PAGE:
Concrete Countertops Pros And Cons
Are you considering concrete countertop installation? Concrete countertops are super trendy right now for their industrial good looks. They’re also strong, and affordable compared to popular materials like quartz or granite. However, besides the obvious advantages, there are a few negatives to kitchen and bathroom countertops made of concrete. Let’s take a closer look at concrete countertops' pros and cons.
Concrete Countertops: Pros
- Unique Beauty
A major advantage of concrete countertops is their beauty, uniqueness, and modern flair. Concrete may be attractively shaped, colored, and textured in an almost infinite number of ways. Adding decorative elements or integral features (such as a built-in drainboard) will truly personalize the look.
Depending on the exact size and design of your countertops, you can achieve a smooth seamless concrete surface.
- Easy Cleaning
Concrete countertops are easy to clean as long as they've been installed and sealed properly. Warm, soapy water is the best way to wipe up. For heavier cleaning, follow the directions from your contractor or use a pH cleaner that won't harm the sealant. Avoid abrasive cleansers.
Concrete Countertops: Cons
- Installation Issues
Before you begin, you must ensure your base cabinets are sturdy enough to support the weight of a concrete slab (145 pounds per cubic foot). If you choose to have concrete countertops poured in place, you'll have to deal with a mess. The alternative is ordering countertops to be precast offsite and transported to your home, but especially long and/or thick countertops will be heavy and awkward to move.
Non-structural hairline cracks occur in nearly all poured-in-place concrete countertops. Expert installation by a reliable concrete contractor will minimize these cracks, but cannot prevent them altogether. Generally, the cracks are hardly noticeable; some homeowners even feel they enhance the look of the counters. Proper care and maintenance of your concrete countertops will help avoid hairline cracking.
- Heat Sensitivity
Placing scalding hot pots or pans directly onto concrete countertops could damage the top and the sealant. Instead, keep a trivet handy to protect your counters. To avoid the problem entirely, some homeowners have chosen to add built-in trivets to their concrete counters. Not only is this a practical option, but it also adds a handsome customized look to the countertops.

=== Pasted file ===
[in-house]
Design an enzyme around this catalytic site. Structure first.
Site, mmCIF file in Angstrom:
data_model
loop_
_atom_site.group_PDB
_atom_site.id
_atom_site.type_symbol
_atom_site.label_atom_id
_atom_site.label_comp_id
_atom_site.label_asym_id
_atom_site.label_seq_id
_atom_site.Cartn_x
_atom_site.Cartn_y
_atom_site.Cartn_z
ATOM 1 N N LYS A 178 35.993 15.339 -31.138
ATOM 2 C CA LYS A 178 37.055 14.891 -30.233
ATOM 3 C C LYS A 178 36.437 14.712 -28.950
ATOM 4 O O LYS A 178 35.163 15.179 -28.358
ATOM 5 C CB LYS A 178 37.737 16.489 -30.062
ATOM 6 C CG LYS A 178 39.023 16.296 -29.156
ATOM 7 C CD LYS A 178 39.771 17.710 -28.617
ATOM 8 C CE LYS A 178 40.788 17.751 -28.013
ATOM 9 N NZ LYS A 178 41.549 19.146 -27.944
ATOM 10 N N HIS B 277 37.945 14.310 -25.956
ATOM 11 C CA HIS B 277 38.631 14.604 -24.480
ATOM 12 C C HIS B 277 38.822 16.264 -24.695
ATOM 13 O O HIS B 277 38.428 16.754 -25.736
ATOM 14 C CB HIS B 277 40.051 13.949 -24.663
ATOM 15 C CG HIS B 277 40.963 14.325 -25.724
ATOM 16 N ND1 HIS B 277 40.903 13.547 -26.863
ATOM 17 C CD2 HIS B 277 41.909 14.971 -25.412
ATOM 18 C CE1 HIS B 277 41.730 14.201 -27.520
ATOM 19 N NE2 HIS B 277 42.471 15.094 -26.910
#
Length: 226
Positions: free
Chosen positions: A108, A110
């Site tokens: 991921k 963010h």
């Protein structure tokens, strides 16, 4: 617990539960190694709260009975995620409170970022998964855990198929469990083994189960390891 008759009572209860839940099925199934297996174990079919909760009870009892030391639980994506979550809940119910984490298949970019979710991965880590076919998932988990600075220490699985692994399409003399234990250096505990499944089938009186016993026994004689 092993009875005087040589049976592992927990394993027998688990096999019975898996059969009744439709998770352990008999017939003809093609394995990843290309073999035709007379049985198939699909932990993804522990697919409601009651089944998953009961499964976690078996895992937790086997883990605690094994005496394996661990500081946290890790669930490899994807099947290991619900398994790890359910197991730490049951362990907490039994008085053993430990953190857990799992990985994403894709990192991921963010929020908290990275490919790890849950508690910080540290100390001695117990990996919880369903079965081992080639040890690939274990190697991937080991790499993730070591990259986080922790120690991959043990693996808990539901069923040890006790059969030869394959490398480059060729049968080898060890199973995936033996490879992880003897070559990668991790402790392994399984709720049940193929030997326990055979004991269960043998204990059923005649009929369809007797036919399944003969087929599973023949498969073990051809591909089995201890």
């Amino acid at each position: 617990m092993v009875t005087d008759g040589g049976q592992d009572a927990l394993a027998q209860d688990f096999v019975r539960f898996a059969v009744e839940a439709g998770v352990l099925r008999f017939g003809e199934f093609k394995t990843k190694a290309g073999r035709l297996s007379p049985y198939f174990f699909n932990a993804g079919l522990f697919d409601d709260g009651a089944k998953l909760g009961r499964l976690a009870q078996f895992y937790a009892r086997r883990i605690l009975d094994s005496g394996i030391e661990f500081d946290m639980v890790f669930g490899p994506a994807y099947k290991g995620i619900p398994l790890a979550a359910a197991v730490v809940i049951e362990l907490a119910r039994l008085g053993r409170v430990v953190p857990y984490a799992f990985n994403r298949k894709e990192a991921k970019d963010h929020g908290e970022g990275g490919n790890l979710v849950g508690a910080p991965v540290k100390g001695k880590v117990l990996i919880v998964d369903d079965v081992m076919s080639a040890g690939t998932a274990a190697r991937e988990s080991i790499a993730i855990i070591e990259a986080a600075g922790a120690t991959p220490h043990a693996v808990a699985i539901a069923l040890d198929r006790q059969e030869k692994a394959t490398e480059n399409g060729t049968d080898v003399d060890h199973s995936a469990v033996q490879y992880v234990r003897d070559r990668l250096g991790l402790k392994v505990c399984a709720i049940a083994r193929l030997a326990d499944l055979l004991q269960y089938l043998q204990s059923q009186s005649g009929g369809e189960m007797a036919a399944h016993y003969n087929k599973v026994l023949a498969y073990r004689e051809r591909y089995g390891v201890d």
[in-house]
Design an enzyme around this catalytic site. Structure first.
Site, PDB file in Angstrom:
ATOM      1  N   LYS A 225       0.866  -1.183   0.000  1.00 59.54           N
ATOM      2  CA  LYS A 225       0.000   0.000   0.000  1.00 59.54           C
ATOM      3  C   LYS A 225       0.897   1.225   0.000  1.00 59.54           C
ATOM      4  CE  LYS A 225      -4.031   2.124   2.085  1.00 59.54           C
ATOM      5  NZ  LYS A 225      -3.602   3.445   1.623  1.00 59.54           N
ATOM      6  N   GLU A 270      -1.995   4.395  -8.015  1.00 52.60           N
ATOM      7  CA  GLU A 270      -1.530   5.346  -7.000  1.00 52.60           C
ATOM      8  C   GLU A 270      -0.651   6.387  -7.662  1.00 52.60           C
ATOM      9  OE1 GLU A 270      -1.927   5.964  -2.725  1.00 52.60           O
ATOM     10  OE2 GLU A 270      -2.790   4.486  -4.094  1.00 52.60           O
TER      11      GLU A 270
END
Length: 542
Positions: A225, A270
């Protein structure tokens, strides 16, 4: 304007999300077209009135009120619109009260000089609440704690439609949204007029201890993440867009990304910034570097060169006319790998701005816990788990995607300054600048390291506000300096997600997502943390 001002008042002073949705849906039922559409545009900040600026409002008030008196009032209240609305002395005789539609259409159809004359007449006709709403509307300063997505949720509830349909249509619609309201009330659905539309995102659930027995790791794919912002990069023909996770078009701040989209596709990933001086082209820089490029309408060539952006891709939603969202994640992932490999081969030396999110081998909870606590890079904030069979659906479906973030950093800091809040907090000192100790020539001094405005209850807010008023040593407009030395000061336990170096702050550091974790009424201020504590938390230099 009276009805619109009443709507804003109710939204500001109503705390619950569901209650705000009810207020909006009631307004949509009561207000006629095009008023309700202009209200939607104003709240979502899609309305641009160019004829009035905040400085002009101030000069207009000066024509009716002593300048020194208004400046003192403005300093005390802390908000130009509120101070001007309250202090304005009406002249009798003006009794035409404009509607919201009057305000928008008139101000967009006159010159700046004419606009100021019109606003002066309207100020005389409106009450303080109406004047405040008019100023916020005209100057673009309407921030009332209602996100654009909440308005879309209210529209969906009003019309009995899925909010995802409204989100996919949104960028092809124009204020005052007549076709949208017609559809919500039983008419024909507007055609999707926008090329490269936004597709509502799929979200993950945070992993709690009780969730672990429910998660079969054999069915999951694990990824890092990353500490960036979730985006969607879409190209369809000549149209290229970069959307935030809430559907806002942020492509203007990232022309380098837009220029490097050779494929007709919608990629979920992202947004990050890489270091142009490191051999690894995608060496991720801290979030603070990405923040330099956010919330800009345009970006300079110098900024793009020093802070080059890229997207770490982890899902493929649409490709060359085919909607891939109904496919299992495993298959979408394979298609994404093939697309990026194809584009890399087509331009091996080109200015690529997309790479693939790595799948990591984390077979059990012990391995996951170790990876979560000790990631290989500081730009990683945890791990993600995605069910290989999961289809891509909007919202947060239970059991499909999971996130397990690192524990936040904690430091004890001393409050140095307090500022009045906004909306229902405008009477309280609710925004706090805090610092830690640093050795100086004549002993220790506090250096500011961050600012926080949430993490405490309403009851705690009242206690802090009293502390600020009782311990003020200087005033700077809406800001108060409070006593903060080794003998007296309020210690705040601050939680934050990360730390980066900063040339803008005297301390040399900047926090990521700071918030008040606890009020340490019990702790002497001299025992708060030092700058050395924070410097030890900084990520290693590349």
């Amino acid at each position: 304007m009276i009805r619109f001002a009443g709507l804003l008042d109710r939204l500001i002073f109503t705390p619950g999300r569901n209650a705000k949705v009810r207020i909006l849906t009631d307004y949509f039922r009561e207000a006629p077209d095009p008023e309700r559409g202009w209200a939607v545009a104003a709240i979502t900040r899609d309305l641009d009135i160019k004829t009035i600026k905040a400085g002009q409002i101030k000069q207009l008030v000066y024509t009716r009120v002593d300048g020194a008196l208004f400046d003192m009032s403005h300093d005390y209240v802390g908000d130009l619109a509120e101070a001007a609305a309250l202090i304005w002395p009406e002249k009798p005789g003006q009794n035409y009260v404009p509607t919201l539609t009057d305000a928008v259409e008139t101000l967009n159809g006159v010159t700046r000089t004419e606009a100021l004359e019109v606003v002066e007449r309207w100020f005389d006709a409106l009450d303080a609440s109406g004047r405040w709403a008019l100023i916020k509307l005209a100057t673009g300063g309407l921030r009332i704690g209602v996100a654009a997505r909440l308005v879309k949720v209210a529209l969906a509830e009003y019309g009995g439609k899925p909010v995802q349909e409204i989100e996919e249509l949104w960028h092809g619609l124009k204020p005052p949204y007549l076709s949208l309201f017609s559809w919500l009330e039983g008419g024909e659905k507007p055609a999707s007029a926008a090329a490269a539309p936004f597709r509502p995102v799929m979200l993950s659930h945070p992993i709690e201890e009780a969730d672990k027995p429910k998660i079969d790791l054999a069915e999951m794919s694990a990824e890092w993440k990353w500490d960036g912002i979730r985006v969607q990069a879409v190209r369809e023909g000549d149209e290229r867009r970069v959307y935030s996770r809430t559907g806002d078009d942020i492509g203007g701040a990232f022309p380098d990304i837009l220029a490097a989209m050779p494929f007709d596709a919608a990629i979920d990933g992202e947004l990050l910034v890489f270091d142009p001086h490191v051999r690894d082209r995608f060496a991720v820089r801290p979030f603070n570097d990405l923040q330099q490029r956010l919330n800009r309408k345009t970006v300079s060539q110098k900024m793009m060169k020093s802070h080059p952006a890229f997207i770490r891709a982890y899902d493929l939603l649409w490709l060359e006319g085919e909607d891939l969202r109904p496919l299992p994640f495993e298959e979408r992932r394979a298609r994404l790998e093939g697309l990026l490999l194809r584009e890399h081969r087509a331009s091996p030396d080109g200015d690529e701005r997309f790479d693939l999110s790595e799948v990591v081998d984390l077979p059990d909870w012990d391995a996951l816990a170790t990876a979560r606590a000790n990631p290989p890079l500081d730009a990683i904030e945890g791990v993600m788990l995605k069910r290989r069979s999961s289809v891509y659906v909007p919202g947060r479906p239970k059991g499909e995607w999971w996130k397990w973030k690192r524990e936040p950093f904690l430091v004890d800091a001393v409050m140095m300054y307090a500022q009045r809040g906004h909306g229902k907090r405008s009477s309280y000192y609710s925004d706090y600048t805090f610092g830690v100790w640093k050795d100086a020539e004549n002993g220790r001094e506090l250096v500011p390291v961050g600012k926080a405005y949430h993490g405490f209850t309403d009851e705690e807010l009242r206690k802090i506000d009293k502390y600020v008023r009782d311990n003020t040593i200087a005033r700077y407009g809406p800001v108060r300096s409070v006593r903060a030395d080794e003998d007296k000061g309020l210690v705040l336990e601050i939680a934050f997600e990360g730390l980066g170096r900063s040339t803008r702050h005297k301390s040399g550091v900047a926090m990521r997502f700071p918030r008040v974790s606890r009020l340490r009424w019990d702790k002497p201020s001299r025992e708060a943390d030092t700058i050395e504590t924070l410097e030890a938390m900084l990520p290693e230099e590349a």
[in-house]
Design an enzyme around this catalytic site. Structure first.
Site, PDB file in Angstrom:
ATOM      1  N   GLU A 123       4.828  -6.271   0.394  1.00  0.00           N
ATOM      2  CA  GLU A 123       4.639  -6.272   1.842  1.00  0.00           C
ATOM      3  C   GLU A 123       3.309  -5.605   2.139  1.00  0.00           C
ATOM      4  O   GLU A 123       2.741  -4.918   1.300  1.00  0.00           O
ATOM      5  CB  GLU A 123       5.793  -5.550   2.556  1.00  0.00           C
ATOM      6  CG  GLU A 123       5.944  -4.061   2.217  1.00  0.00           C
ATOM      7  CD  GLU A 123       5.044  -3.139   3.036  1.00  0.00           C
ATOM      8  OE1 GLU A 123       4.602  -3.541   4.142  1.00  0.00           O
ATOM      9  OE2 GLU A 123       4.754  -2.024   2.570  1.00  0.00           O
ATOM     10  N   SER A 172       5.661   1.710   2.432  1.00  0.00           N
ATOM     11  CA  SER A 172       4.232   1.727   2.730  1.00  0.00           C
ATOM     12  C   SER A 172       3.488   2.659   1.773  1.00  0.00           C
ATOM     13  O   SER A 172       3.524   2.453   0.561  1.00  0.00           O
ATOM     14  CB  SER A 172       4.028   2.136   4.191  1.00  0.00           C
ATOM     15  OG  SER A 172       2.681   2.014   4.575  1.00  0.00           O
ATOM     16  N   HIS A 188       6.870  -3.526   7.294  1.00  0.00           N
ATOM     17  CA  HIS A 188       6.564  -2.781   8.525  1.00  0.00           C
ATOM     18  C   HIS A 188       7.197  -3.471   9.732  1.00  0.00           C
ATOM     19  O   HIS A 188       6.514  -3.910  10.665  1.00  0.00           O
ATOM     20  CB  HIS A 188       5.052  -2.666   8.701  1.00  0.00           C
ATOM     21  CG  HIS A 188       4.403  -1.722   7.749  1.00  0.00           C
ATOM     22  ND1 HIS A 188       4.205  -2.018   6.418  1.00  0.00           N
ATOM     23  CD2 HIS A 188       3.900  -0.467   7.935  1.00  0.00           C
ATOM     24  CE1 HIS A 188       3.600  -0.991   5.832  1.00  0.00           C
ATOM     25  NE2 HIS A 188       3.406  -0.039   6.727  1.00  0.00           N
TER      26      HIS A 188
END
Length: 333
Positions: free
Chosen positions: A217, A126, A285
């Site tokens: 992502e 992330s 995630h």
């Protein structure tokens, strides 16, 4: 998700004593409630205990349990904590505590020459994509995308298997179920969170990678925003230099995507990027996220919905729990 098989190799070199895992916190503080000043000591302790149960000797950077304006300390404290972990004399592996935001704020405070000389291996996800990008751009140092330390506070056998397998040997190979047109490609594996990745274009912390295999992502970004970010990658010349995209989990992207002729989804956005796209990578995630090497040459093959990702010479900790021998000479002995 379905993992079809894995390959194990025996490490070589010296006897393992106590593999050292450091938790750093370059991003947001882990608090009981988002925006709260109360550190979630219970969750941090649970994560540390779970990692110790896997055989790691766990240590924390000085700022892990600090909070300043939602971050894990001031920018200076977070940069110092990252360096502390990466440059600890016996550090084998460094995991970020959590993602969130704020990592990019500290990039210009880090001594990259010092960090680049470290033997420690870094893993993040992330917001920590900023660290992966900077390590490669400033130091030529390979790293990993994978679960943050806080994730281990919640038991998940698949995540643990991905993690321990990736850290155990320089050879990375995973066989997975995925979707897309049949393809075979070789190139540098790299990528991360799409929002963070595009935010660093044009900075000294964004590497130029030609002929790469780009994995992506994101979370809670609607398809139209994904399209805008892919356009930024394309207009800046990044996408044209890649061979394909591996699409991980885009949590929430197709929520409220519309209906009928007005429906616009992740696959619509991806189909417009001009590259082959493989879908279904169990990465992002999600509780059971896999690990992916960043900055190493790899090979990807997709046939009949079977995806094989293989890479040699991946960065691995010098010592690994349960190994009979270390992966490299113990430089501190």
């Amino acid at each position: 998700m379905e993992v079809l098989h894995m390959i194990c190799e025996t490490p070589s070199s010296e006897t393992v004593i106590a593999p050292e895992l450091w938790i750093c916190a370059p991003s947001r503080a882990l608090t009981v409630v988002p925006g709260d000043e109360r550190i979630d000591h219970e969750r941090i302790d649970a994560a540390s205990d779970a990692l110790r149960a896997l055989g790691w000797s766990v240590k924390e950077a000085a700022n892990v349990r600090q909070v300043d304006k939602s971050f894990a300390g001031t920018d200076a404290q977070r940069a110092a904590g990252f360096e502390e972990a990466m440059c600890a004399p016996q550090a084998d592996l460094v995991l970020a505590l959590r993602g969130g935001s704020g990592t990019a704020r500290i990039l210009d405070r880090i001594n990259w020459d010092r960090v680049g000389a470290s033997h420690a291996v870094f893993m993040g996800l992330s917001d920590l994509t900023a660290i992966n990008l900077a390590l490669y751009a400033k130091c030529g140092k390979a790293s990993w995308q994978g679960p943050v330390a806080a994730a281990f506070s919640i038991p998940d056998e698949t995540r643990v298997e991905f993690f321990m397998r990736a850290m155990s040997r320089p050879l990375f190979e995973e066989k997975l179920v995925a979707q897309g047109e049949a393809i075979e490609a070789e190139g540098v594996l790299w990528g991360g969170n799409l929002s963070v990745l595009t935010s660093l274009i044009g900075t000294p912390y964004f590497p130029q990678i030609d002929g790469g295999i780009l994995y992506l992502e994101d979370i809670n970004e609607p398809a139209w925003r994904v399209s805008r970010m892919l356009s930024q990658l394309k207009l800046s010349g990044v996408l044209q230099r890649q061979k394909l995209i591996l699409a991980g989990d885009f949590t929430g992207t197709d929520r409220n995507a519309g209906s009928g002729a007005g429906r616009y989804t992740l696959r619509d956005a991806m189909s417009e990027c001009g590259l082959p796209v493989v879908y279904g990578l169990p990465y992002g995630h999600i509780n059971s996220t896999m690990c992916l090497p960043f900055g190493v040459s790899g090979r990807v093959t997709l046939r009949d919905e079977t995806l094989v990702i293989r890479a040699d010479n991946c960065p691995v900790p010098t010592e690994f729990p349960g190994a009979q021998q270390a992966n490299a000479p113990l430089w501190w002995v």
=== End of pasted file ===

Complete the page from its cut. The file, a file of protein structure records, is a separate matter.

Spills need to be wiped up promptly, especially if they are oily or acidic like vinegar, lemon juice, red wine, etc. Even exposure of just a few minutes is capable of causing a stain on some concrete countertops. Protect your new countertops with a concrete sealer and reseal every 1-3 years.
- No Cutting
Although concrete resists scratches due to normal wear and tear, cutting with a sharp knife directly on the bare countertop is not recommended. Knives can cut through the sealant and create weak spots. As with trivets, cutting boards can also be installed directly into the countertop for a combination of functionality and design.
Concrete Countertops: Pros AND Cons
Wondering why there's a section called “Concrete Countertops: Pros AND Cons”? Ironically, a couple of concrete countertops’ greatest advantages sometimes turn into major disadvantages. Here's why.
Concrete is one of the most durable of all building materials -- the foundation of our homes and roads. When you install concrete countertops, you won't have to worry about replacing them for decades. However, if in a few years you decide that you don’t care for the style or simply want a new look, concrete removal is not easy. It requires a team of several skilled people to uninstall the countertops without damaging the cabinets beneath. You’re left with the problem of recycling or otherwise disposing of the concrete.
- Styling Options
From color to shine to gorgeous finishes, the design possibilities are endless with concrete countertops. You can hire a concrete specialist to replicate the look of granite or marble or incorporate small chips of glass, colored stone, or seashells, terrazzo-style. It’s also possible to create just about any shape you can dream of for the counters and their edges. The downside? While plain concrete countertops are less expensive than many other materials, the more elaborate your design, the higher the price.
Laura Firszt writes for networx.com.
Updated December 30, 2018.
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